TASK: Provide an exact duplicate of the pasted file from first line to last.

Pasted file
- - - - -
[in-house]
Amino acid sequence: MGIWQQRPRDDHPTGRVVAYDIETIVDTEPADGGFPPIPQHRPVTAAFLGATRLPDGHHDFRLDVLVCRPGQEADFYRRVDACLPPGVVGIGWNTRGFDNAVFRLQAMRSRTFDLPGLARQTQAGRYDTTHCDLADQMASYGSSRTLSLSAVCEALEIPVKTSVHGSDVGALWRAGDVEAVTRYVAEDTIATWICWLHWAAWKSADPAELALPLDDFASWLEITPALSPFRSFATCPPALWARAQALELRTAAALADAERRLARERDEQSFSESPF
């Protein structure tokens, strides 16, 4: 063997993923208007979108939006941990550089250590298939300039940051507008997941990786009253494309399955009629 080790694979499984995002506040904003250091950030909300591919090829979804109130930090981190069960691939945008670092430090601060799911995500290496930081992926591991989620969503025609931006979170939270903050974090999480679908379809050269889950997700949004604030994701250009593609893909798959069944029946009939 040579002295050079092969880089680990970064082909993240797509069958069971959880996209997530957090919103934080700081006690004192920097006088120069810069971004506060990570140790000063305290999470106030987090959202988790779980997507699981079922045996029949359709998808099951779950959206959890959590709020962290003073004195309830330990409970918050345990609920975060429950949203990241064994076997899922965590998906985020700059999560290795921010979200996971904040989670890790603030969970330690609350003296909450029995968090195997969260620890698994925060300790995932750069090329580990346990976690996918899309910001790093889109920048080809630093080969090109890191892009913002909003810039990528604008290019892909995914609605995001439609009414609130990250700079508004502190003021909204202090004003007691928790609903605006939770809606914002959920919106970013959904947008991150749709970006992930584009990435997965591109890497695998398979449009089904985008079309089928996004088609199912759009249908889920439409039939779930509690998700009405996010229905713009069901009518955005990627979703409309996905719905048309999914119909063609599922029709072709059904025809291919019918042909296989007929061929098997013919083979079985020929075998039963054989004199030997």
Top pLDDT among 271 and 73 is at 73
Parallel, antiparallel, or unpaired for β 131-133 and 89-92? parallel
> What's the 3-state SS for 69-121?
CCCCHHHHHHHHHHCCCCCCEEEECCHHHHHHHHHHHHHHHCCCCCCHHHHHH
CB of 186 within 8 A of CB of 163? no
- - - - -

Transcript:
[in-house]
Amino acid sequence: MGIWQQRPRDDHPTGRVVAYDIETIVDTEPADGGFPPIPQHRPVTAAFLGATRLPDGHHDFRLDVLVCRPGQEADFYRRVDACLPPGVVGIGWNTRGFDNAVFRLQAMRSRTFDLPGLARQTQAGRYDTTHCDLADQMASYGSSRTLSLSAVCEALEIPVKTSVHGSDVGALWRAGDVEAVTRYVAEDTIATWICWLHWAAWKSADPAELALPLDDFASWLEITPALSPFRSFATCPPALWARAQALELRTAAALADAERRLARERDEQSFSESPF
């Protein structure tokens, strides 16, 4: 063997993923208007979108939006941990550089250590298939300039940051507008997941990786009253494309399955009629 080790694979499984995002506040904003250091950030909300591919090829979804109130930090981190069960691939945008670092430090601060799911995500290496930081992926591991989620969503025609931006979170939270903050974090999480679908379809050269889950997700949004604030994701250009593609893909798959069944029946009939 040579002295050079092969880089680990970064082909993240797509069958069971959880996209997530957090919103934080700081006690004192920097006088120069810069971004506060990570140790000063305290999470106030987090959202988790779980997507699981079922045996029949359709998808099951779950959206959890959590709020962290003073004195309830330990409970918050345990609920975060429950949203990241064994076997899922965590998906985020700059999560290795921010979200996971904040989670890790603030969970330690609350003296909450029995968090195997969260620890698994925060300790995932750069090329580990346990976690996918899309910001790093889109920048080809630093080969090109890191892009913002909003810039990528604008290019892909995914609605995001439609009414609130990250700079508004502190003021909204202090004003007691928790609903605006939770809606914002959920919106970013959904947008991150749709970006992930584009990435997965591109890497695998398979449009089904985008079309089928996004088609199912759009249908889920439409039939779930509690998700009405996010229905713009069901009518955005990627979703409309996905719905048309999914119909063609599922029709072709059904025809291919019918042909296989007929061929098997013919083979079985020929075998039963054989004199030997």
Top pLDDT among 271 and 73 is at 73
Parallel, antiparallel, or unpaired for β 131-133 and 89-92? parallel
> What's the 3-state SS for 69-121?
CCCCHHHHHHHHHHCCCCCCEEEECCHHHHHHHHHHHHHHHCCCCCCHHHHHH
CB of 186 within 8 A of CB of 163? no